Council of State Investigation Judge Şevket Polat argued that the actions, which resulted in F.E.’s removal from office, were to be considered within the framework of “private life” in accordance with the 20th article of the Constitution as well as the 8th Article of the European Convention on Human Rights. Polat thus put forth that these actions did not constitute a disciplinary breach and advised for an issue of stay order. However, members of the department unanimously rejected the judge’s request with the justification that “the reasoning presented did not constitute due grounds for a stay order.”

“He lives with a woman who is of legal age”

The Ministry of Internal Affairs delivered a statement in response to the appeal about revising the decision. The statement included the justifications for why F.E. had to be removed from office. The Ministry Deputy Legal Advisor Adnan Türkdamar authored the statement, which explains that there were times when F.E. shared the same living quarters with two men who are known to be gay. Also, F.E.’s living together with a woman was described as a “shameful and embarrassing action.”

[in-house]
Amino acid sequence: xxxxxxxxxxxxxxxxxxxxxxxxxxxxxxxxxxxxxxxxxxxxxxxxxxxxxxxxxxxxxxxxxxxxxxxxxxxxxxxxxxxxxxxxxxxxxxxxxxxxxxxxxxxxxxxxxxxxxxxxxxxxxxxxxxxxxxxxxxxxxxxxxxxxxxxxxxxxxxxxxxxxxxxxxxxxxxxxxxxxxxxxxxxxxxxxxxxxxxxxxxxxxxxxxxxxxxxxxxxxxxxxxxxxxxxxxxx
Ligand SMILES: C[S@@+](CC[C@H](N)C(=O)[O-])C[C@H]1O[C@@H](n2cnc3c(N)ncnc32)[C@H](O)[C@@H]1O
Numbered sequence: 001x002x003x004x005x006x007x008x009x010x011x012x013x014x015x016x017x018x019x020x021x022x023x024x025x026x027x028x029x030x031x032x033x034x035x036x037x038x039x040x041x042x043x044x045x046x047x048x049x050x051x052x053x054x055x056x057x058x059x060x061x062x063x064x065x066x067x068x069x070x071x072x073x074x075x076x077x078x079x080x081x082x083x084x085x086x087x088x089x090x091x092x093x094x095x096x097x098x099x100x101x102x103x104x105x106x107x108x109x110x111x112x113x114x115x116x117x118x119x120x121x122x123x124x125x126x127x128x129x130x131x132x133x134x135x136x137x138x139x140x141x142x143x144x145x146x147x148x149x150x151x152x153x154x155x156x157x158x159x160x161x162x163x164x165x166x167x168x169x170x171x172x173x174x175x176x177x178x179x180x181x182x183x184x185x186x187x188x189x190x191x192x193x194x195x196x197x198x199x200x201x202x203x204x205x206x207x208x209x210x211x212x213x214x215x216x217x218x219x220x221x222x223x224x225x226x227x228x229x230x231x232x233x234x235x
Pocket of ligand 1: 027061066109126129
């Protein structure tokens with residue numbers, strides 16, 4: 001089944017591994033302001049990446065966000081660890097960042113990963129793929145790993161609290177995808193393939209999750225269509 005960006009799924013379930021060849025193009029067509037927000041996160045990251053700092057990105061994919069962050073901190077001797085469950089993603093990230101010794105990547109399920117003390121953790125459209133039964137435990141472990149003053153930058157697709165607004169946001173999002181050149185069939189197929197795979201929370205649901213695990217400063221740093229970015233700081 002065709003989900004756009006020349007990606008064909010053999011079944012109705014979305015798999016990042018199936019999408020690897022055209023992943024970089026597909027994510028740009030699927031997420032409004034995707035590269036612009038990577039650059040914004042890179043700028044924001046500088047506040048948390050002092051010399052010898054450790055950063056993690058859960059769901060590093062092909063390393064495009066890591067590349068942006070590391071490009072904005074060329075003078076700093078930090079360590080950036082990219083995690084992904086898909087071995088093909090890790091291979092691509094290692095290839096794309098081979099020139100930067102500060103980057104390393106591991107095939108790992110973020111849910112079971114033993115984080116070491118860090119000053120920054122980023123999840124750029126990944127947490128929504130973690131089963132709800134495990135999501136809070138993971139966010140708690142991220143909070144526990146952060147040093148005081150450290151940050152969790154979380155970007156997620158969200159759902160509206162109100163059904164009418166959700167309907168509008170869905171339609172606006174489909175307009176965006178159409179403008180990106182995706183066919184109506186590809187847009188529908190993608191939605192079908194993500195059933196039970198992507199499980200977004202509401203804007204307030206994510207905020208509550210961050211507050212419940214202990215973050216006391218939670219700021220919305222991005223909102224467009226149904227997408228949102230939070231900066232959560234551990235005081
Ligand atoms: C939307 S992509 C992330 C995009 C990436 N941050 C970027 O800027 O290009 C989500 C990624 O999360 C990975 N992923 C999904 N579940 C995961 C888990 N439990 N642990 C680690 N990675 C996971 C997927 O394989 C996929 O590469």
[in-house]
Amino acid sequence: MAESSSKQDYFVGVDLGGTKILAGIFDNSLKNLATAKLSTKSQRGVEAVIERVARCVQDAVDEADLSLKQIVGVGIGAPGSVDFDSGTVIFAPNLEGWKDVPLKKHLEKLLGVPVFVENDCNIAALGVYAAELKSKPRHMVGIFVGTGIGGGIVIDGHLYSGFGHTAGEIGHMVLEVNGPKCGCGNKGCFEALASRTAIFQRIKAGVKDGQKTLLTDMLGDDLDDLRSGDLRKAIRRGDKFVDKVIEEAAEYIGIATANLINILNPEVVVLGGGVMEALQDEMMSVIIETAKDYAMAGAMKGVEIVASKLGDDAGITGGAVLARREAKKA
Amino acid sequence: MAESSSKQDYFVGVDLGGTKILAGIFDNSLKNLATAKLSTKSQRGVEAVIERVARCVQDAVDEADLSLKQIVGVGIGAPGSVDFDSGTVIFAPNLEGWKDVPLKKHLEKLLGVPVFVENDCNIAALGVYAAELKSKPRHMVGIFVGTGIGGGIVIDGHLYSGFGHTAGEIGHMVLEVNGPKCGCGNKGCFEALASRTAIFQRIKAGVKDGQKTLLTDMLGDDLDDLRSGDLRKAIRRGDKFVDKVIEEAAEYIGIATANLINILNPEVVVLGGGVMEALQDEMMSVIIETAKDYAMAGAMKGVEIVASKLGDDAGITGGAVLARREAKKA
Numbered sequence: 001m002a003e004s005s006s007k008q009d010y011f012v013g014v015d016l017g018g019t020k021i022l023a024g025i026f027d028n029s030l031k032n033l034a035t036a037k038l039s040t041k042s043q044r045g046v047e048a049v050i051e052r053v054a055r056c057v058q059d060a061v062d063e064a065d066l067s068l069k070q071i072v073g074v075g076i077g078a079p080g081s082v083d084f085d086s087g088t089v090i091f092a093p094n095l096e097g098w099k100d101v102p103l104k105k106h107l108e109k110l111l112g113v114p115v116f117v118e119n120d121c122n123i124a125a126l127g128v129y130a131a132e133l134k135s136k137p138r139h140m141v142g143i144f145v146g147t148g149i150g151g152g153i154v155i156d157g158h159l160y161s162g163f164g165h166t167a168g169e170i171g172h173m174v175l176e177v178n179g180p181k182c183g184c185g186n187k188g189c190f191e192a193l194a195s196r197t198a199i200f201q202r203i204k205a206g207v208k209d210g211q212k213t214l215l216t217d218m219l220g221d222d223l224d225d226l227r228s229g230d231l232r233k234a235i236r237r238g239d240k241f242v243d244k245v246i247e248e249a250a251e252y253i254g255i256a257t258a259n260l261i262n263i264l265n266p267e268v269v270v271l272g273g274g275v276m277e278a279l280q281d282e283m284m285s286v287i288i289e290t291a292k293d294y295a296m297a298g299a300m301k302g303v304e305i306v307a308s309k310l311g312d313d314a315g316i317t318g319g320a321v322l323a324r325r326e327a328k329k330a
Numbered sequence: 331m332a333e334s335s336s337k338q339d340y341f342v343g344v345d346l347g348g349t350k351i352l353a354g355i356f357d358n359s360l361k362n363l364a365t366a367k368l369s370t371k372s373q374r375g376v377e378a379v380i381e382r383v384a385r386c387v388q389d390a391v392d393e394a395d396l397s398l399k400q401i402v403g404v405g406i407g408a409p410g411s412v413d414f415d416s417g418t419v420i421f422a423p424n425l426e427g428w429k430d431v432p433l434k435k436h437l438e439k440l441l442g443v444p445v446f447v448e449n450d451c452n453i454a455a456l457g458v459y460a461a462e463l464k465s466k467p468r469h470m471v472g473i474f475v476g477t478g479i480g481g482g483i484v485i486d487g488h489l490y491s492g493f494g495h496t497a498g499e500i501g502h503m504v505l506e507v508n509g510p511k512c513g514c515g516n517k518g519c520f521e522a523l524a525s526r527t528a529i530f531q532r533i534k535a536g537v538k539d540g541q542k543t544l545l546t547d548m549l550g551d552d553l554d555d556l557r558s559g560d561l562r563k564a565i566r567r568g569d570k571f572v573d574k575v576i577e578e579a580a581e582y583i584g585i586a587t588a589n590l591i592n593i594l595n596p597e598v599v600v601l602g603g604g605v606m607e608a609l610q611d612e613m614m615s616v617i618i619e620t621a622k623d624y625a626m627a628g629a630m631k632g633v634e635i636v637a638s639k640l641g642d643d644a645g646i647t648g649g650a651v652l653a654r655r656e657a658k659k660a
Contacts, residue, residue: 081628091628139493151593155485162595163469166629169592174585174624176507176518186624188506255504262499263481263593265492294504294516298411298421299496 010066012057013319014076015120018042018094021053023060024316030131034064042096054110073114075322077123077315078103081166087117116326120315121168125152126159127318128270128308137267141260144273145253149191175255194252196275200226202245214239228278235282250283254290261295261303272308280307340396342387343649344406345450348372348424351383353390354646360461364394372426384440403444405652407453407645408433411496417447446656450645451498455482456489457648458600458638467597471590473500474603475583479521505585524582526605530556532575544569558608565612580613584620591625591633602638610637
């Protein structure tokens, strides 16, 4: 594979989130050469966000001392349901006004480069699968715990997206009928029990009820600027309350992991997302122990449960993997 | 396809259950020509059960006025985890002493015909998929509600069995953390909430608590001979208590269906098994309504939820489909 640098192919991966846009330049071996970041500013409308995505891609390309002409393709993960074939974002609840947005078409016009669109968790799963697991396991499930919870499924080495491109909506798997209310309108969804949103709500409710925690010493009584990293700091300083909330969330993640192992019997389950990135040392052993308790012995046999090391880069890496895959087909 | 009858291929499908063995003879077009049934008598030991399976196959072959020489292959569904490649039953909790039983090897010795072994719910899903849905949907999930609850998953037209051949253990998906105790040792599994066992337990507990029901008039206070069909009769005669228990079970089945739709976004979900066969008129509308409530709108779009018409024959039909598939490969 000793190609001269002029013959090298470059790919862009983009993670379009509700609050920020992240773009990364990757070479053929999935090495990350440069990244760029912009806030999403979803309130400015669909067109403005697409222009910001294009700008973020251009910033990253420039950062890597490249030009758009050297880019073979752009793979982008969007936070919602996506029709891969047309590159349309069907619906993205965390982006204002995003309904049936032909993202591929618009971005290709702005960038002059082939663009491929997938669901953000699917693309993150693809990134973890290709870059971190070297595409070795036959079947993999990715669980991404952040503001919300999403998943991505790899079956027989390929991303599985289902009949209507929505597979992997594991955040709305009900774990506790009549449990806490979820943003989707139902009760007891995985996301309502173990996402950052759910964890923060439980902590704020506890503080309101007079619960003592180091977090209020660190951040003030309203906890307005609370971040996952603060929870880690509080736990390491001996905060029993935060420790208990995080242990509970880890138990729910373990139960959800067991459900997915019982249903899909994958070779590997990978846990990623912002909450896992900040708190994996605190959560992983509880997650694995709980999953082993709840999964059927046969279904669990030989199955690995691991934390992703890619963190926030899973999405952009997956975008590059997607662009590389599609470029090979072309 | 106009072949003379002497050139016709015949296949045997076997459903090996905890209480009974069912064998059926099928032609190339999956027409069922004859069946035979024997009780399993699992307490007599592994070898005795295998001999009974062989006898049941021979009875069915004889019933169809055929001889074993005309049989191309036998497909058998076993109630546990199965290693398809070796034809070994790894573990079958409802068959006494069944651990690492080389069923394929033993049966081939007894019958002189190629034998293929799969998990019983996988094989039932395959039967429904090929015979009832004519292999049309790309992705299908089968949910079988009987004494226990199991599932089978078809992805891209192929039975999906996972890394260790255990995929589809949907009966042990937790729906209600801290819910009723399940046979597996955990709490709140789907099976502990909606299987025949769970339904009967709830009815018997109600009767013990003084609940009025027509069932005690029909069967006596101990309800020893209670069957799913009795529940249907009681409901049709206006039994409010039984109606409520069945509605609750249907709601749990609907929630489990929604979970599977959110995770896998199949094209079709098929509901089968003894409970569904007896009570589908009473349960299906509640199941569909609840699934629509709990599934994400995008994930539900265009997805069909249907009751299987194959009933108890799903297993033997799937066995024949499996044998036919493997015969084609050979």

The Ministry responded with the following in relation to the discrimination appeal: “The law aims for civil service to be carried out by credible, trustworthy and socially prestigious agents. It is without a doubt that if civil services are run by officers who are less than reputable, this would damage individuals’ confidence in the administration and result in undesirable developments in the relations between individuals and the administration. As such, the law aims to prevent such a development and foresees that those who are responsible are removed from civil service and that these kinds of officers are eliminated from the instruments of administration.”